Montgomery County To Test Sobriety Checkpoint Law This Weekend

In 1994, the Texas Court of Criminal Appeals ruled random sobriety checkpoints were unconstitutional because there were no statewide guidelines or procedures on how they were used. Montgomery County Assistant District Attorney Warren Diepraam says there are ways to get around that ruling.

"We won't be conducting a random sobriety checkpoint. What we'll be looking for is traffic violators where the police officers are. So it's more of a saturation patrol centralized area. We've taken a tool that police officers use for narcotics interdiction and we're applying it to DWI law enforcement." 

Diepraam admits it's likely some drunk drivers caught in the checkpoint will challenge their legality, but says if agencies can use similar tactics to stop drug trafficking, why not drunk driving?

"We're pretty comfortable with the state of the law. What we're doing has been upheld by the appellate courts in terms of drug interdictions and cocaine and marijuana cases. We don't feel that DWI crimes should be treated any differently than other crimes, we want to utilize all available tools. Although I'm certain it will be challenged,
we're pretty confident that the law is on our side and that it will sustain appellate review."

Since 1994, a number of Texas lawmakers have tried to get sobriety checkpoint guidelines passed, the latest effort this past session, but so far, no luck. Dr. Michael Vaughn is a professor of criminal justice at Sam Houston State University in Huntsville. He says this weekend's operation could move that process along.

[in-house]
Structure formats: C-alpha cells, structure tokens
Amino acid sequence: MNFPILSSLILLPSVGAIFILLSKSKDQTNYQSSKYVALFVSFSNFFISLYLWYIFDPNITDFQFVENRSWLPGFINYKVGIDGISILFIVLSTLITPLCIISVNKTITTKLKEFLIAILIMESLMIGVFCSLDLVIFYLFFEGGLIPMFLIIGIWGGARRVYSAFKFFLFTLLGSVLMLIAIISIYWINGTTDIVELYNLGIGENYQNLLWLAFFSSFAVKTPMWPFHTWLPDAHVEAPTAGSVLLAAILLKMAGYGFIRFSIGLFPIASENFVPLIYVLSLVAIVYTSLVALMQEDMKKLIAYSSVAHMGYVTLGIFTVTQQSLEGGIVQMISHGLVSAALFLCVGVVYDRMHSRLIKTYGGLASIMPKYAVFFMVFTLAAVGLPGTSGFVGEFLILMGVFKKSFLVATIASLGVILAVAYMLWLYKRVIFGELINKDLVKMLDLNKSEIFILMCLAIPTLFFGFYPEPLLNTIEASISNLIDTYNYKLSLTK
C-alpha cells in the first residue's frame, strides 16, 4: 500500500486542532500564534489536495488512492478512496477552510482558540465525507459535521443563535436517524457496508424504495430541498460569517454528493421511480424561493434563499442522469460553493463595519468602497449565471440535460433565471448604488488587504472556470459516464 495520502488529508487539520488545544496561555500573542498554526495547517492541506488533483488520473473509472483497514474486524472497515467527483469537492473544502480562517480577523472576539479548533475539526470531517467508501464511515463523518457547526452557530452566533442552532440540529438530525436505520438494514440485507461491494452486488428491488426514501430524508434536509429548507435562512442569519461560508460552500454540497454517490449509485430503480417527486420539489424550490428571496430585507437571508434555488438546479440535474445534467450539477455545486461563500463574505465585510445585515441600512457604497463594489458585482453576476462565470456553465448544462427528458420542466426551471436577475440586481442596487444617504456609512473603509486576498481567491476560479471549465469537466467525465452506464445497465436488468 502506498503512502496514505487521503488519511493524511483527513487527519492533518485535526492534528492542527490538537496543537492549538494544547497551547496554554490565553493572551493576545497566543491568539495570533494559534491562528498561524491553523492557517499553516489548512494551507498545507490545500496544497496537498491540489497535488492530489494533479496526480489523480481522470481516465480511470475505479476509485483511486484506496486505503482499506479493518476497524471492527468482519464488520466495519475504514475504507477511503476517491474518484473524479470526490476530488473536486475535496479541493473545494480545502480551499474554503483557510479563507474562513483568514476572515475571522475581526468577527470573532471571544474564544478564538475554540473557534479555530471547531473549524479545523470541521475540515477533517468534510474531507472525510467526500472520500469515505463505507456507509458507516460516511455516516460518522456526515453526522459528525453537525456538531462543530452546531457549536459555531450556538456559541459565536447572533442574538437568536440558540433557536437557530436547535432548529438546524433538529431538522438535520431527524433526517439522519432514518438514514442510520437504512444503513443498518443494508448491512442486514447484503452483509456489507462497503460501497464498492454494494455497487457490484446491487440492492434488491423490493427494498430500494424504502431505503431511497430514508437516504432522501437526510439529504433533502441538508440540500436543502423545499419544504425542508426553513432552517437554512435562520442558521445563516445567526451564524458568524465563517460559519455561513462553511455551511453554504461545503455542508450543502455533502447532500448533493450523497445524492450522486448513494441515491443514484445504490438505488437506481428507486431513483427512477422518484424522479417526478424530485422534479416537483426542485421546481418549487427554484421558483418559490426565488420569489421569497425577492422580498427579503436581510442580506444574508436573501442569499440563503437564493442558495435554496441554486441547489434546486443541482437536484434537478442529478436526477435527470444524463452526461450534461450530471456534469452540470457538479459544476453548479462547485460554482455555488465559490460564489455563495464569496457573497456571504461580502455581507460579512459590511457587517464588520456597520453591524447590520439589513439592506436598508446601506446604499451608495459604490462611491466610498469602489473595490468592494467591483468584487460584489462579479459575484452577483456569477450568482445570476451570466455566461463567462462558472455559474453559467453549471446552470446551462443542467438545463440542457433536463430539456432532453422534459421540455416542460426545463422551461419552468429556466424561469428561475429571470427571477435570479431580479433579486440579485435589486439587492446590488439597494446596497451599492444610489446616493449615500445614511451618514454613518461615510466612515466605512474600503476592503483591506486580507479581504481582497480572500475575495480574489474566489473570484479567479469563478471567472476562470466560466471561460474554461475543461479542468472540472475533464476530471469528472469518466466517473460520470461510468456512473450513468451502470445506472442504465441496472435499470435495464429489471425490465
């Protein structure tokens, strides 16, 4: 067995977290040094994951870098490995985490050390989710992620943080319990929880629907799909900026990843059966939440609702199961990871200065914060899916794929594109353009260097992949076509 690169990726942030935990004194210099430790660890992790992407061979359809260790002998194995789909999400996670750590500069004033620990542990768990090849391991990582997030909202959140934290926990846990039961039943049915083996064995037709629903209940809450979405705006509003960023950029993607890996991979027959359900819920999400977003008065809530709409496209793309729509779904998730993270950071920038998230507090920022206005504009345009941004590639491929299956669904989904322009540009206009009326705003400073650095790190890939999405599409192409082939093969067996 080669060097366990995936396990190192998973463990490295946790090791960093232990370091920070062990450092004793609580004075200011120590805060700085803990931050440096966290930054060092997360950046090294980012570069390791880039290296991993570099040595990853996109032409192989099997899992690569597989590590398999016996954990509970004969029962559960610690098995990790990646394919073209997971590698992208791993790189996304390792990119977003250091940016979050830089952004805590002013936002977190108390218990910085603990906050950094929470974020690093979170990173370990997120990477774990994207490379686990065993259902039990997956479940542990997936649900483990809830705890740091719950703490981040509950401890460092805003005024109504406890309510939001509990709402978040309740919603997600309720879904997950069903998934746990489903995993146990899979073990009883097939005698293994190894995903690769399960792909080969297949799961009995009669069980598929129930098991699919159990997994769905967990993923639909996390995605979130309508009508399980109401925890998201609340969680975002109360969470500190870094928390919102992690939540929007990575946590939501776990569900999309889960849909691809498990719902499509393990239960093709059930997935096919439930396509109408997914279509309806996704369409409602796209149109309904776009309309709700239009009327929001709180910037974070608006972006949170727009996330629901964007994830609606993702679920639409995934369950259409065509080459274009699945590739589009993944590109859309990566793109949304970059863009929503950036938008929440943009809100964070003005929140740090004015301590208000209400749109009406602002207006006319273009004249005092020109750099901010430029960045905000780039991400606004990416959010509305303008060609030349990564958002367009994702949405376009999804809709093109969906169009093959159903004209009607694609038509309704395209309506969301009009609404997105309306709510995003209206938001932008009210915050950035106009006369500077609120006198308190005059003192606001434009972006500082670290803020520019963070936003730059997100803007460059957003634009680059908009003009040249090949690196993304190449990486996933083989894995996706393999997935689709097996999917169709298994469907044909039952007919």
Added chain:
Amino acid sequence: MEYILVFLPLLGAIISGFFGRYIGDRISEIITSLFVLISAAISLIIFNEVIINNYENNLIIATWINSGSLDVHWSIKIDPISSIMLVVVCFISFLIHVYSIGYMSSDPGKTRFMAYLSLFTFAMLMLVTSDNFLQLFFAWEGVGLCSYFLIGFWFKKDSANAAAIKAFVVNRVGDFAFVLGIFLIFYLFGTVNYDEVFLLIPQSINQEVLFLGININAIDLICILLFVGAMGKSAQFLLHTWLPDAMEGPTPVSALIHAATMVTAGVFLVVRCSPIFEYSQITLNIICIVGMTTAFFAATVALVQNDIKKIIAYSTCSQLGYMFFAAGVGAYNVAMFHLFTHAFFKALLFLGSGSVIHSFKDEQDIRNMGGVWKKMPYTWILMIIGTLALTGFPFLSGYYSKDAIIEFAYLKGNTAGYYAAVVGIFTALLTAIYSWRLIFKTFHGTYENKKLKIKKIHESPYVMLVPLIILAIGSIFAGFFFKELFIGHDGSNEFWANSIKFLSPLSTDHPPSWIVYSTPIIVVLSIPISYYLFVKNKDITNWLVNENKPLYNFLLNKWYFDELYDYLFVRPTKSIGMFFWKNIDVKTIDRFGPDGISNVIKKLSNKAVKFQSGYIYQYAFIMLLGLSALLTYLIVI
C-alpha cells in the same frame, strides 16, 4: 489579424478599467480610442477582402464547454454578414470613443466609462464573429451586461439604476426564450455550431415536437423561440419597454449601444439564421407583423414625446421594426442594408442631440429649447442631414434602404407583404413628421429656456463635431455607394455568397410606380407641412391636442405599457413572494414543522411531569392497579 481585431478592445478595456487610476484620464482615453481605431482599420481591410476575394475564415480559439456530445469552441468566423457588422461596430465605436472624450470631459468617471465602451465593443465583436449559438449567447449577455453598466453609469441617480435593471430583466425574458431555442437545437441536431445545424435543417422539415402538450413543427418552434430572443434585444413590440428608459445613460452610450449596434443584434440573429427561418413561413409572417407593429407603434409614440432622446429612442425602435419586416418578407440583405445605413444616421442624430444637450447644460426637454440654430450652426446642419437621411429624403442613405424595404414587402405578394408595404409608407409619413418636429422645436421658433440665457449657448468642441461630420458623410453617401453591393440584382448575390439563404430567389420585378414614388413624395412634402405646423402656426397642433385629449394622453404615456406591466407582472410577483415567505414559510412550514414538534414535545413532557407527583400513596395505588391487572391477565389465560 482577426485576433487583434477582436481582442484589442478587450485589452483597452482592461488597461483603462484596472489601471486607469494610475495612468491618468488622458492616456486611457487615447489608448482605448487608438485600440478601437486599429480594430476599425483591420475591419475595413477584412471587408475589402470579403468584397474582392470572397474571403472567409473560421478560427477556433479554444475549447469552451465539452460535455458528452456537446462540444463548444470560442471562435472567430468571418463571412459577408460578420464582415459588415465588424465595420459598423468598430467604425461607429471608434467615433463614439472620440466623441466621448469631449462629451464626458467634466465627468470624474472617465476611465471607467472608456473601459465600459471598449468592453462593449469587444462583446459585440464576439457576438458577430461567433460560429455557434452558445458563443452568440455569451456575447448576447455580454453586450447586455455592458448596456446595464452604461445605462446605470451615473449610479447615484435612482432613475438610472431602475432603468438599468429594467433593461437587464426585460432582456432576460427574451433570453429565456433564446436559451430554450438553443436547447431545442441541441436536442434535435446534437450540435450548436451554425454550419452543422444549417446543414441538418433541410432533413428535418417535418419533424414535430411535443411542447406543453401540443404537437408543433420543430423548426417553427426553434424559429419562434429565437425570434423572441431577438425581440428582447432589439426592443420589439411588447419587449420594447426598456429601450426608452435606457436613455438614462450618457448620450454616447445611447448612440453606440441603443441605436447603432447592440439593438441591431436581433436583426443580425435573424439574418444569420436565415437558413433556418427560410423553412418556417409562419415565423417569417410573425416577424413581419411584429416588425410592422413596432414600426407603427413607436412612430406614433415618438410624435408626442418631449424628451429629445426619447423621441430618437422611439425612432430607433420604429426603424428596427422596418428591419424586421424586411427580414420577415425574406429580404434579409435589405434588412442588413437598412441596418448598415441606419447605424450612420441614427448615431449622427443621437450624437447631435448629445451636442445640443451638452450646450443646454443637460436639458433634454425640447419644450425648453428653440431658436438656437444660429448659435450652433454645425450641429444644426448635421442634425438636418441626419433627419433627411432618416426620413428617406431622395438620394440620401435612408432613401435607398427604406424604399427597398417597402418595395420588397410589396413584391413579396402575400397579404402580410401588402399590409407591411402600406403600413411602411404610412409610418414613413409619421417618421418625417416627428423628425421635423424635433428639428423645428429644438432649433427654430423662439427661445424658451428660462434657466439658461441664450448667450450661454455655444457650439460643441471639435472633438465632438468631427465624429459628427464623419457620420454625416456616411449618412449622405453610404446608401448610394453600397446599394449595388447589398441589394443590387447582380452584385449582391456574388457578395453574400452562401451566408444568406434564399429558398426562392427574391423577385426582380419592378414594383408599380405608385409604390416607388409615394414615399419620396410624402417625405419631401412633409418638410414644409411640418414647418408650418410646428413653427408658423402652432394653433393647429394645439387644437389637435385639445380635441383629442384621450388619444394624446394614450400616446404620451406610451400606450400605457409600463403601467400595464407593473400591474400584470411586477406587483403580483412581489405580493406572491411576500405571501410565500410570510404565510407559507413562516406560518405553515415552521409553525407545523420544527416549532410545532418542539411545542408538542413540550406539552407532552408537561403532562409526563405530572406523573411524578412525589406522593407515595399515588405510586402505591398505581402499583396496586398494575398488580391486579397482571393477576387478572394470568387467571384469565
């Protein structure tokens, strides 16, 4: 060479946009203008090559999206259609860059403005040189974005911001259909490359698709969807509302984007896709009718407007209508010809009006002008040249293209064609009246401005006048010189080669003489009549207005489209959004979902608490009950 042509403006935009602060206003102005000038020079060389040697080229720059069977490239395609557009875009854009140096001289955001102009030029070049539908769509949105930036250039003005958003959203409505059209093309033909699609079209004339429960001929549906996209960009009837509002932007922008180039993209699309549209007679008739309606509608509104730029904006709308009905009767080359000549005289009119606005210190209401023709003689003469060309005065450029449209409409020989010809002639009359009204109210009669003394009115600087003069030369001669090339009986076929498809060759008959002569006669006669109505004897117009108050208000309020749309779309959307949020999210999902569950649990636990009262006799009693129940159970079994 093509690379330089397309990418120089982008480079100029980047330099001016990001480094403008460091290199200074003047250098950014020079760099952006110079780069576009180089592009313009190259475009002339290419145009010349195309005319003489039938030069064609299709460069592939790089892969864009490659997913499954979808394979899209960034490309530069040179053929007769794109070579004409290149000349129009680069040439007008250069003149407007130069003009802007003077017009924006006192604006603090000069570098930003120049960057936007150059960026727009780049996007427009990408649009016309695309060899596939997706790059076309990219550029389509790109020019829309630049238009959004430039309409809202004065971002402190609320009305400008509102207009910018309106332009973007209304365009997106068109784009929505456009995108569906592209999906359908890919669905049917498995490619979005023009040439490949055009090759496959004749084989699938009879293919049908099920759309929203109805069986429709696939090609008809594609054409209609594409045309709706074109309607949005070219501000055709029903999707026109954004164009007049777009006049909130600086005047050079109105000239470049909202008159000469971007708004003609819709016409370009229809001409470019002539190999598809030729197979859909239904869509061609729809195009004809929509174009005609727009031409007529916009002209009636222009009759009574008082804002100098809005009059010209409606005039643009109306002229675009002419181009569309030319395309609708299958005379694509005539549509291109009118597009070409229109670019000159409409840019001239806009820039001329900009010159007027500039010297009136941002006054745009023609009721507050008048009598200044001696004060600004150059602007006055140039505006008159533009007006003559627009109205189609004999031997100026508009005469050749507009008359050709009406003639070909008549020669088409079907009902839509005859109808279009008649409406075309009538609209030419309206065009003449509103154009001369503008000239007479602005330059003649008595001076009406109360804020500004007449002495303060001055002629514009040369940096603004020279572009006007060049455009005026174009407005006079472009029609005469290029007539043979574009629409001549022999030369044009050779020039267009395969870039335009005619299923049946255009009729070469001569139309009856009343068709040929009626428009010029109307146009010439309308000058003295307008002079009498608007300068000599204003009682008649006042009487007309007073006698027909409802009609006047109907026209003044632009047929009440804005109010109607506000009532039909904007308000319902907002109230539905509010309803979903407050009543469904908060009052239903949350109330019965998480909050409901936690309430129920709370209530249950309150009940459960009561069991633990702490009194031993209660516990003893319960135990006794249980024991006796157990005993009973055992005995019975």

"Oftentimes, the courts are ahead of the legislature and there will be a court ruling on a specific case and frequently the courts will even ask the legislature to act on a specific item like this. If there is a test case that comes from this sobriety checkpoint, then that will bring much attention to the issue and perhaps the legislature will address the problem."

Opponents of random sobriety checkpoints say they're intrusive and violate motorists rights. The U.S. Supreme Court has ruled them to be constitutional in what some refer to as the "DUI exemption" to laws that protect people from searches without probable cause.  

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